Interview: Marcela Mannheimer
Luca Curci talks with Marcela Mannheimer during the second appointment of BARCELONA CONTEMPORARY, at Valid World Hall Gallery.
Marcela Mannheimer was born in Rio de Janeiro, Brazil. Since her childhood, drawing and painting were her passions. Graduated in Visual Arts and post-graduated in Art Therapy, she worked for thirteen years in public schools in Brazil, as a plastic arts teacher. She worked as a comic book colorist for the following titles: O Homem de Neandertal (Editora Nova Fronteira), Negrinho do Pastoreio (Editora Igarape) and Sete Vidas (Editora Marsupial). In 2016, she moved to Lisbon, where she worked as a volunteer teaching plastic arts workshops with the elderly at the Santa Casa de Misericórdia Day Center. She also worked as a volunteer at the Portuguese Institute of Oncology (IPO), teaching drawing and painting to hospitalized children and adolescents. In 2020, she exhibit her paintings in three group exhibitions in Spain, selected by the Mundo Arti platform: Hotel El Privilegio de Tena, Hotel Casa Palacio María Luisa, Hotel Oca Puerta del Camino.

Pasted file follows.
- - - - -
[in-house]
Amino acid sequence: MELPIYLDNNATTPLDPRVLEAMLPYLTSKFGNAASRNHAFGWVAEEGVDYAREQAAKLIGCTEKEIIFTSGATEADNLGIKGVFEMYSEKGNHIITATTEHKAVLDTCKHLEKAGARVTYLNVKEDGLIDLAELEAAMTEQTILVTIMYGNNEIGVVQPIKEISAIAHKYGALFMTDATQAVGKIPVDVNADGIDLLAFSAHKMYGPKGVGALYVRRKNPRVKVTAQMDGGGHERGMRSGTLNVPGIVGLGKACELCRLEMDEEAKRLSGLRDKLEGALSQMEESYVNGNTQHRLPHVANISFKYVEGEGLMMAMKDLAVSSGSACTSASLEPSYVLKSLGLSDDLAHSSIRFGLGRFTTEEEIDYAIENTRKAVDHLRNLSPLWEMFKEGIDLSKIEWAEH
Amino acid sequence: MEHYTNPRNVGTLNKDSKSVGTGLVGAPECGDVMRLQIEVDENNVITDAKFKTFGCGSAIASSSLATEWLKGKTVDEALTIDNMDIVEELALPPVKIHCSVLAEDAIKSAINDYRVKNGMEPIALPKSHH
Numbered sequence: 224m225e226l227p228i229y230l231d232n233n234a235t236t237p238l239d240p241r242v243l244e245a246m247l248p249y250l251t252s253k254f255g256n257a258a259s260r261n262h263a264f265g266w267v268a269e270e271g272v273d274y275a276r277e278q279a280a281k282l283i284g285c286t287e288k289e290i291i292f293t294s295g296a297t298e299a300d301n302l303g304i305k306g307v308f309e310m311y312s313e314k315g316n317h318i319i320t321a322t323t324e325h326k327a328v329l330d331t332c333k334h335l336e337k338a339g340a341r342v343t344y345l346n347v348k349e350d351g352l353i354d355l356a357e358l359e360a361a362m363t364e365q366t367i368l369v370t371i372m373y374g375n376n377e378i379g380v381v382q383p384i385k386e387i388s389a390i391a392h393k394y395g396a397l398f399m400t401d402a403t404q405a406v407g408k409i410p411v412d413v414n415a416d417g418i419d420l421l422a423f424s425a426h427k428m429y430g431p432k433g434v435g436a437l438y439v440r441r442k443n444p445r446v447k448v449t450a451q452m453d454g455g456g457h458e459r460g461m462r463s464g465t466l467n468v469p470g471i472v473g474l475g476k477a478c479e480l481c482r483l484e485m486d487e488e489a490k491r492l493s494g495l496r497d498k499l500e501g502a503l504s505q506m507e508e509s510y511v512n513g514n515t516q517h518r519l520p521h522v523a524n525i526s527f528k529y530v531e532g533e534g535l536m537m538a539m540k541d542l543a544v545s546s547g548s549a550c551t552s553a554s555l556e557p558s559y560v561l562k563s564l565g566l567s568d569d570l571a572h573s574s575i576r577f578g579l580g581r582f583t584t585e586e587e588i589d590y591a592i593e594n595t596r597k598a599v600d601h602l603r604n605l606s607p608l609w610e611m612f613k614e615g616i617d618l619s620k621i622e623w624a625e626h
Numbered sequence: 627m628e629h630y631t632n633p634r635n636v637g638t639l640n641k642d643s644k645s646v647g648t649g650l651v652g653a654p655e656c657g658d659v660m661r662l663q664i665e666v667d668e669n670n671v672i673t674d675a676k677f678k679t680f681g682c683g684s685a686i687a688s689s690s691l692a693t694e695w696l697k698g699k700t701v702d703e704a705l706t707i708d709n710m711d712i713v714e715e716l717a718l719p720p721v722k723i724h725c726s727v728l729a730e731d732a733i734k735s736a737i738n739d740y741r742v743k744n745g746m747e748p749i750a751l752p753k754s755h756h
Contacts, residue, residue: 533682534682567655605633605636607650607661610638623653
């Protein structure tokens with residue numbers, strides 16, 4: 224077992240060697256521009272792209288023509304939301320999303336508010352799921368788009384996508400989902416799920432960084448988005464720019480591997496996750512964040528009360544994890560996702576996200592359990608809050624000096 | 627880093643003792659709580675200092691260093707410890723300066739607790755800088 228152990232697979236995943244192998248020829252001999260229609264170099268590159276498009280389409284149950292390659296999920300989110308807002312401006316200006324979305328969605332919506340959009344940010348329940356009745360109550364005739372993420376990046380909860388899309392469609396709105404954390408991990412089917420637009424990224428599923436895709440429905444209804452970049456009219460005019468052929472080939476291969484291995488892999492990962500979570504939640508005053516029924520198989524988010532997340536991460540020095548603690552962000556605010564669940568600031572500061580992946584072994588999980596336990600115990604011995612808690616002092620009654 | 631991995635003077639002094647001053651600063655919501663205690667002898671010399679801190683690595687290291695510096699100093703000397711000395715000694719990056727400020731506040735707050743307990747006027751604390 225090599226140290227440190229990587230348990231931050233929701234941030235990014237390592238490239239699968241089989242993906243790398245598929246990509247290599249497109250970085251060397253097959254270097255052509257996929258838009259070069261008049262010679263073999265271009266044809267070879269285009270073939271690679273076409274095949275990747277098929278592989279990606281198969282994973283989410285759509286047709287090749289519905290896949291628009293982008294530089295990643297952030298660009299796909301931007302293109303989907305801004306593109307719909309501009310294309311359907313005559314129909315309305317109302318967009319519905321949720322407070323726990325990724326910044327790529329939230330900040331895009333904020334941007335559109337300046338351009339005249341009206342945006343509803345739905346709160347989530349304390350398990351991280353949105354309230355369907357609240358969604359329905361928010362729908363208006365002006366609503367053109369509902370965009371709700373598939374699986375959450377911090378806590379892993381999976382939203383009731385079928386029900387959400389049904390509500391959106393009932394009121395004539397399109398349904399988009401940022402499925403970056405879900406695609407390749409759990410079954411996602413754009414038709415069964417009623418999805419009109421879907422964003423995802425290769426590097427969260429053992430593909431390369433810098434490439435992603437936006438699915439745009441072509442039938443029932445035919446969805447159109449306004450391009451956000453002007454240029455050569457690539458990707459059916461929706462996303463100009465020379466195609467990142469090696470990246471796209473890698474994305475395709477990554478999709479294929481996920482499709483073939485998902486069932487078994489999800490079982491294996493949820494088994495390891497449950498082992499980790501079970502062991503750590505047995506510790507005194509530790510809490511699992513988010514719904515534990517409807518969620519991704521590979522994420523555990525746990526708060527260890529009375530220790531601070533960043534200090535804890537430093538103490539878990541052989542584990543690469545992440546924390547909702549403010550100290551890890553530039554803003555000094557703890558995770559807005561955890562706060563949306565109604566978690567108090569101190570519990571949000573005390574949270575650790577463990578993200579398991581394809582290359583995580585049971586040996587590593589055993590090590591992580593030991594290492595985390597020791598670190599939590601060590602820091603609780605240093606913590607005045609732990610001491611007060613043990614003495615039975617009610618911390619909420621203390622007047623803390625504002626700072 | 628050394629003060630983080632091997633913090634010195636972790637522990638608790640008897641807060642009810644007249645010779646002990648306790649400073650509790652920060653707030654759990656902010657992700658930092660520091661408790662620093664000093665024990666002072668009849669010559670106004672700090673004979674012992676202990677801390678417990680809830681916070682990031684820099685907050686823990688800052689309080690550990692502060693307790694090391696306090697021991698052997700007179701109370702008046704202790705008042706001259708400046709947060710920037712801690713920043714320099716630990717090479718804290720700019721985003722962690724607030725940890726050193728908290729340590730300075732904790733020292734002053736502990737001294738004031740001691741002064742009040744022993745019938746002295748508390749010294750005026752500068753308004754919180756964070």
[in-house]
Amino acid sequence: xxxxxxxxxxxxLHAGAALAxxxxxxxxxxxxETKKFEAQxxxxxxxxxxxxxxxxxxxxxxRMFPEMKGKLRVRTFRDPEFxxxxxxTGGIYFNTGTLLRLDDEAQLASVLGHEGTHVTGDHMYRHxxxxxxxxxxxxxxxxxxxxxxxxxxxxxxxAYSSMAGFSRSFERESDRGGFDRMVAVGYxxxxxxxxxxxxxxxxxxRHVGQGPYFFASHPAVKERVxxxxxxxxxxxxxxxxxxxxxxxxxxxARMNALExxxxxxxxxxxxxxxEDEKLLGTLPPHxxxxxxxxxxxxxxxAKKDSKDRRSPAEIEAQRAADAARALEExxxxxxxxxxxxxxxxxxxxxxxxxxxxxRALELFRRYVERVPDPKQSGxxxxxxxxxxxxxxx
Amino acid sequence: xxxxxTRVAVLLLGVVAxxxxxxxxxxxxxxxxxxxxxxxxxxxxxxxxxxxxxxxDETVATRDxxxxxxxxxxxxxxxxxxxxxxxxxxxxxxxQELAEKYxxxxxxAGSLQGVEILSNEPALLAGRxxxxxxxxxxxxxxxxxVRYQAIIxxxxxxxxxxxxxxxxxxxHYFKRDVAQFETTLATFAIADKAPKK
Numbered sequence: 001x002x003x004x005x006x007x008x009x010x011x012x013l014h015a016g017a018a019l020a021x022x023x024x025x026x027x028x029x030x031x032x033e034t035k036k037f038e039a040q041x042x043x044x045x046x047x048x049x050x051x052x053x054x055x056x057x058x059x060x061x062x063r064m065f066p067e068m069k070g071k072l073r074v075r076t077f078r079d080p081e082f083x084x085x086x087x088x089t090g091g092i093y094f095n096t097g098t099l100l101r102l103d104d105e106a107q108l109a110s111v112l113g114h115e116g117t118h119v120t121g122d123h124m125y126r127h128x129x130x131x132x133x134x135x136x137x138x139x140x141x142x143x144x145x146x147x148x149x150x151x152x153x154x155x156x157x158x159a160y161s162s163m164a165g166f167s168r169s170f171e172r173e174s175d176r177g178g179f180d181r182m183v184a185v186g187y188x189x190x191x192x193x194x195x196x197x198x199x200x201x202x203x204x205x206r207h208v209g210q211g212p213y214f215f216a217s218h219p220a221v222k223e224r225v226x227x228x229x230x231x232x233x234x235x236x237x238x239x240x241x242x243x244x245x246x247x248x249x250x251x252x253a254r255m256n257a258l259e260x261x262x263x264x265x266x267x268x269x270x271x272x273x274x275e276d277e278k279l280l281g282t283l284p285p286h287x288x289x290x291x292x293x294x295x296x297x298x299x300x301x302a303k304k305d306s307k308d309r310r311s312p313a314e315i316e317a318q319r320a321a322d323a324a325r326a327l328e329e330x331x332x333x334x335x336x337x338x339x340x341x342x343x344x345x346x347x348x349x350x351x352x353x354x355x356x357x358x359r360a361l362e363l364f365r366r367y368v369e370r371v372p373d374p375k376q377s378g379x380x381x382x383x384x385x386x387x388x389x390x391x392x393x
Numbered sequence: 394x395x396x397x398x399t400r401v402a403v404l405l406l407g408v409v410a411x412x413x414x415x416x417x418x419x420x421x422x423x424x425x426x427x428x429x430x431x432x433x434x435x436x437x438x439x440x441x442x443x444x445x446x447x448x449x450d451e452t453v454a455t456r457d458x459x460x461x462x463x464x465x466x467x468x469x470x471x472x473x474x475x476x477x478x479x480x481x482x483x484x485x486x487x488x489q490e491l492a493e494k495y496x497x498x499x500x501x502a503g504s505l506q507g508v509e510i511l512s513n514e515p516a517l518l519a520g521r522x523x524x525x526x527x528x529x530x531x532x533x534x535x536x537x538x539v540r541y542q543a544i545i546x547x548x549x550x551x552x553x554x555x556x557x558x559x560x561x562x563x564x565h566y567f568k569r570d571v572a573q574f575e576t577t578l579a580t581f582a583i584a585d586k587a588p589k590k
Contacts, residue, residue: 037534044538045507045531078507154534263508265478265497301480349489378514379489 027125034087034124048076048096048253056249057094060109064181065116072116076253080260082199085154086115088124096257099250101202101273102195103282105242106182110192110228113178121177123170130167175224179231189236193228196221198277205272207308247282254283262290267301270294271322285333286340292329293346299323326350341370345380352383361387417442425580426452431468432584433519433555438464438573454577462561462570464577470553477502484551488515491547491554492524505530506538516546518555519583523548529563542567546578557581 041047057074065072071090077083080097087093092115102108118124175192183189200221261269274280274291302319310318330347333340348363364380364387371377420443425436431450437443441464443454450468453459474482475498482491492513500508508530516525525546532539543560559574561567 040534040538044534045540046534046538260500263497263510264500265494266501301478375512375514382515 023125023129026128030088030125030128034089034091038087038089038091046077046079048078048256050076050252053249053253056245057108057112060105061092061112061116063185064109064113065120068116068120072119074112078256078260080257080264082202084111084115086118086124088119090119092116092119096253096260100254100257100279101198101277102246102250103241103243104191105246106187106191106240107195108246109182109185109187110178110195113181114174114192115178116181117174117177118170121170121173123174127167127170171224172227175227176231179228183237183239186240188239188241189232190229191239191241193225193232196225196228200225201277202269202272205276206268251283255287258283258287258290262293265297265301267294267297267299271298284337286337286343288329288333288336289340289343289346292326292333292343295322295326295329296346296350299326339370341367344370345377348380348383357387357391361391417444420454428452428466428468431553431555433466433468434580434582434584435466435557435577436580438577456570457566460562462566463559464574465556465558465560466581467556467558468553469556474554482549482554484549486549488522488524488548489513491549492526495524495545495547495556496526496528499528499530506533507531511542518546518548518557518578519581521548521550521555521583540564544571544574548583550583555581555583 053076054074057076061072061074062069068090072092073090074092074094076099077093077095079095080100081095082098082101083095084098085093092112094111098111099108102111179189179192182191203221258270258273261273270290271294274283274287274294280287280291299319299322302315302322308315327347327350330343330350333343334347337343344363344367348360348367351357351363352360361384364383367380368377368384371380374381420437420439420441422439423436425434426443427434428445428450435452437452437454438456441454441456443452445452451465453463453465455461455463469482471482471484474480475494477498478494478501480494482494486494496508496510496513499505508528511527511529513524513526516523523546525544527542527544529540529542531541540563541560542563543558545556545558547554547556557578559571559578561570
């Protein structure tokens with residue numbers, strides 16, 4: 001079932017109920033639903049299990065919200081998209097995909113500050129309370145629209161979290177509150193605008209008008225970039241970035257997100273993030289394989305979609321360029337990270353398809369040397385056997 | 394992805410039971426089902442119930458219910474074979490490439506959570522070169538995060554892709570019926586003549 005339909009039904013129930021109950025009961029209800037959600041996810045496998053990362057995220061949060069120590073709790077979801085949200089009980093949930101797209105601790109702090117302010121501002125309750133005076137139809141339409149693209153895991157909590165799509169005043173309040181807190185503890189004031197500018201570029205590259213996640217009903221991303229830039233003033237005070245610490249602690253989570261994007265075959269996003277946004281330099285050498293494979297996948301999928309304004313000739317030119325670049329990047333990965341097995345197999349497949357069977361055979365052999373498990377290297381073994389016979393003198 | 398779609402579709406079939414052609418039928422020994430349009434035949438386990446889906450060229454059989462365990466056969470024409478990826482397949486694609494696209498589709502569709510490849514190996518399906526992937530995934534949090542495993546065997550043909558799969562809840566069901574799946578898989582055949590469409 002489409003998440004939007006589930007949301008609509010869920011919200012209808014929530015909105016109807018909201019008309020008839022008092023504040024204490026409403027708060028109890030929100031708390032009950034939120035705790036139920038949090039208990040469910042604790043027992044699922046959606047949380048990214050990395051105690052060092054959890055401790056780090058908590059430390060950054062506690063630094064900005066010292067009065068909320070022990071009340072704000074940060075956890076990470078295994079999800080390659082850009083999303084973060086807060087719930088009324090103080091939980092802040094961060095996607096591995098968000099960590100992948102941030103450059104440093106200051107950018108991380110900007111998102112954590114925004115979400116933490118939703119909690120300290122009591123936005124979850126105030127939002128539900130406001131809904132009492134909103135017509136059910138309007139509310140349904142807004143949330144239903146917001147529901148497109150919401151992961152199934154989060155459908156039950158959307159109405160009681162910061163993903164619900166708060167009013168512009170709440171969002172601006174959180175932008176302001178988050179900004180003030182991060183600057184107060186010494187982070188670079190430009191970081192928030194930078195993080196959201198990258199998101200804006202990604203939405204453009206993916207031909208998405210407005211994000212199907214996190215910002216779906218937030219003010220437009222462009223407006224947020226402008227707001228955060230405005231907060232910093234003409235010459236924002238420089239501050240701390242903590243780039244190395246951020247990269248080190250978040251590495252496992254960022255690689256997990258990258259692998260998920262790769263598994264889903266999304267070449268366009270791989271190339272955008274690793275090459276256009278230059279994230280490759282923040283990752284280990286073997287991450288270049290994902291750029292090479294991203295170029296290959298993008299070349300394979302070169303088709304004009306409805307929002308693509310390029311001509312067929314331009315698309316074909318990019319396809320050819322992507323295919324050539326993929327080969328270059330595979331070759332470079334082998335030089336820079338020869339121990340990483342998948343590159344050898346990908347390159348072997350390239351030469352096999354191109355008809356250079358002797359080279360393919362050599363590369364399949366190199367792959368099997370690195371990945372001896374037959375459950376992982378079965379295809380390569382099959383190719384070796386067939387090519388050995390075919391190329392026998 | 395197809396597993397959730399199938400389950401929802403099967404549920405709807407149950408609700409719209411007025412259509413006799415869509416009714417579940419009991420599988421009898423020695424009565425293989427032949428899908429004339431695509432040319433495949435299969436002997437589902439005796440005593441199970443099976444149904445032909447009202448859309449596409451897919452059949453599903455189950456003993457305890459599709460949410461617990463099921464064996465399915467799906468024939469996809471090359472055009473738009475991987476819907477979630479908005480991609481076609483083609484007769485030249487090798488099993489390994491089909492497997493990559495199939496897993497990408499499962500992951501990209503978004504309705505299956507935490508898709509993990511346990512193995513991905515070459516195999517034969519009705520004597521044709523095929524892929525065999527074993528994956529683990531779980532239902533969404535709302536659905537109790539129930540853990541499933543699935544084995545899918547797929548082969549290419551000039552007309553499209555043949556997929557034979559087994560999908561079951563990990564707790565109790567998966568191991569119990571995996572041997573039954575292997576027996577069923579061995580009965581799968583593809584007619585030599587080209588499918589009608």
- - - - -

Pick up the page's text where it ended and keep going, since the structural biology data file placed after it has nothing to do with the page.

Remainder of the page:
Luca Curci – What is art for you?